Keywords: Estimand, Tripartite Approach, Causal Inference, Intercurrent Events, Adherence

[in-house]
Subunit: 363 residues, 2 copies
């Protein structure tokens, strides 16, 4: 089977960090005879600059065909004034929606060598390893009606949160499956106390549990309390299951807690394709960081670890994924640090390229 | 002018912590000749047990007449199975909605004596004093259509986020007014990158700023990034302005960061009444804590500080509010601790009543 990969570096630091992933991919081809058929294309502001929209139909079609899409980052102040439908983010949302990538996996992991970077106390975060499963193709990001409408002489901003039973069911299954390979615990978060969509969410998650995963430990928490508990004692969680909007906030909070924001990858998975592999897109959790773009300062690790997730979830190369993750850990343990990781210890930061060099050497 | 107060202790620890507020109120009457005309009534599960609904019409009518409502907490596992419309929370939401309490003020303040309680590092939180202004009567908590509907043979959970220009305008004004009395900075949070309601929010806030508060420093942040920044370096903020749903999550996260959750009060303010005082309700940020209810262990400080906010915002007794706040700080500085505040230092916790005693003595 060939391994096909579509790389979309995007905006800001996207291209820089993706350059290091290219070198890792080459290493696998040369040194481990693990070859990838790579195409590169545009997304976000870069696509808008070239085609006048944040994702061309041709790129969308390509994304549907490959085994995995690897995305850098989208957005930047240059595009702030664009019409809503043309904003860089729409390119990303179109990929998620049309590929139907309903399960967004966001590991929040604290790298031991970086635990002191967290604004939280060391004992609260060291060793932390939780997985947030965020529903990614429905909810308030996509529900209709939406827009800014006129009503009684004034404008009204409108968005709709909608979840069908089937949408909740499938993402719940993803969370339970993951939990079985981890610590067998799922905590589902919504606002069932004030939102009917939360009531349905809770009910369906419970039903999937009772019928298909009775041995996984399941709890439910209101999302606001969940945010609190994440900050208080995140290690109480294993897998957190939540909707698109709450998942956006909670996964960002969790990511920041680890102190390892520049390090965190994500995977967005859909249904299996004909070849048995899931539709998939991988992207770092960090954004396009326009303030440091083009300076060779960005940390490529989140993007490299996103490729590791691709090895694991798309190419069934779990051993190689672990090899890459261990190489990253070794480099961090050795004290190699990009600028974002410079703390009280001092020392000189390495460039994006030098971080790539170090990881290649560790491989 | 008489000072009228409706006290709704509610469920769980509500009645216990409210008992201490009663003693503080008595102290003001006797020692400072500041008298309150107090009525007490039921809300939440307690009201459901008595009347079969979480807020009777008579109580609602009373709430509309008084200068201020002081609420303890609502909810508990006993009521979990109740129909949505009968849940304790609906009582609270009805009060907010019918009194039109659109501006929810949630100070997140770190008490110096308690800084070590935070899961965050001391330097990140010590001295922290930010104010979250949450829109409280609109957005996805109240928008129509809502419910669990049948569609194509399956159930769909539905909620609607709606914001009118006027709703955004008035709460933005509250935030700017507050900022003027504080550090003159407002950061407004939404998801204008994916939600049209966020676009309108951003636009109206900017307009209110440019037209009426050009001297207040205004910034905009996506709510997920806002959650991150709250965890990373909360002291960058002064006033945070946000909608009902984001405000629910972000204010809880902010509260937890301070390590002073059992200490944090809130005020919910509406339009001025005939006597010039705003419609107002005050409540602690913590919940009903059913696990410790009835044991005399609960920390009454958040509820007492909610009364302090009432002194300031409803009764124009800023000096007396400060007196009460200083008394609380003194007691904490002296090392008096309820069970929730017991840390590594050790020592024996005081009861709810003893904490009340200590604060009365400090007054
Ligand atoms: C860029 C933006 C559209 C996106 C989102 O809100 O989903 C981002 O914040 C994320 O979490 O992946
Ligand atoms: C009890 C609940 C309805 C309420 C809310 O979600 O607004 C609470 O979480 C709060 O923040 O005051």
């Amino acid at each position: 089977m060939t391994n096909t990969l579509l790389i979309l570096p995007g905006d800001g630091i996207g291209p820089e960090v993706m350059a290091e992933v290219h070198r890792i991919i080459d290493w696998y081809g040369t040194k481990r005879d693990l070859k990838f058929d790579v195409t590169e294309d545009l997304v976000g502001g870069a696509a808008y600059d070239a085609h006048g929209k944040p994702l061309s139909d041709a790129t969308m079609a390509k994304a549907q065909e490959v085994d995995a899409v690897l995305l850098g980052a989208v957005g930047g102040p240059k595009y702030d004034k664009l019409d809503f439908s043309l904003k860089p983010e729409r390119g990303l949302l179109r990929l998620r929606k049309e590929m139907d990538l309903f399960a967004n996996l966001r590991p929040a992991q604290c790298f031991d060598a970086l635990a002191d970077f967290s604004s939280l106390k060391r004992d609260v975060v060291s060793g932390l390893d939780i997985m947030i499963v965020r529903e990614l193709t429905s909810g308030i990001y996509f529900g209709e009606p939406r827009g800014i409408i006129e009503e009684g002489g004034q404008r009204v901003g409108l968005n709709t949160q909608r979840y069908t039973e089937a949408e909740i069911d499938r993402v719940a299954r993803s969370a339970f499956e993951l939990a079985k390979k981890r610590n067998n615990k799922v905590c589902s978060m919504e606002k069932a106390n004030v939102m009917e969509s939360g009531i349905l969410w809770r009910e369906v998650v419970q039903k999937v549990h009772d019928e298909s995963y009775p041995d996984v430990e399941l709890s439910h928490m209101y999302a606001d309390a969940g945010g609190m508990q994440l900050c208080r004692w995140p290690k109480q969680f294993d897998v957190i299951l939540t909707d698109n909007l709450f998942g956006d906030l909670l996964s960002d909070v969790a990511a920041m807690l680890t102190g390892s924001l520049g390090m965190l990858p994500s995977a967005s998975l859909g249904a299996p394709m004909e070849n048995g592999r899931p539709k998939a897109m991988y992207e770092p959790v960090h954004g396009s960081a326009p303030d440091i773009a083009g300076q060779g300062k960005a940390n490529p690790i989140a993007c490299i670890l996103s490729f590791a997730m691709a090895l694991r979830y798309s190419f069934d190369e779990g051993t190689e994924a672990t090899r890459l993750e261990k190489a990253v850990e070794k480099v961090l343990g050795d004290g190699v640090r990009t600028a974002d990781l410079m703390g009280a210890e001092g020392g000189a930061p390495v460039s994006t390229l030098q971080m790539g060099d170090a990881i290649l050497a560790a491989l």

Whether it is a regulator deliberating about approval, a physician deciding about prescribing, a patient thinking about ingesting or an insurer contemplating about reimbursement for a treatment, the benefits and risks need to be carefully weighed. The central question for all involved with the use of pharmaceutical interventions is this: “What happens when I take this treatment?” An important aspect of any answer to this question needs to acknowledge that all treatments have multiple effects on the patient, most broadly categorized as positive (i.e. efficacy) and negative (i.e. safety). However, these effects can be intertwined as patients and physicians adapt the treatment based on observed efficacy and safety outcomes whether in clinical practice or during the conduct of a clinical trial. In the context of clinical trials, which are a scientific attempt to answer the “what happens” question, intercurrent events [see ICH E9(R1) Addendum] may complicate both WHAT to estimate and HOW to do the estimation. The tripartite approach was proposed by Akacha, Bretz and Ruberg (2017) to more clearly delineate the safety and efficacy benefits of a treatment with particular emphasis on estimating the “what happens” question, that is, when a patient takes the medication as prescribed (the estimand of interest). One element of the tripartite approach suggested the need for causal inference to obtain an appropriate estimator of such a treatment effect. The development of a causal effect estimator will be described, and an example will be given.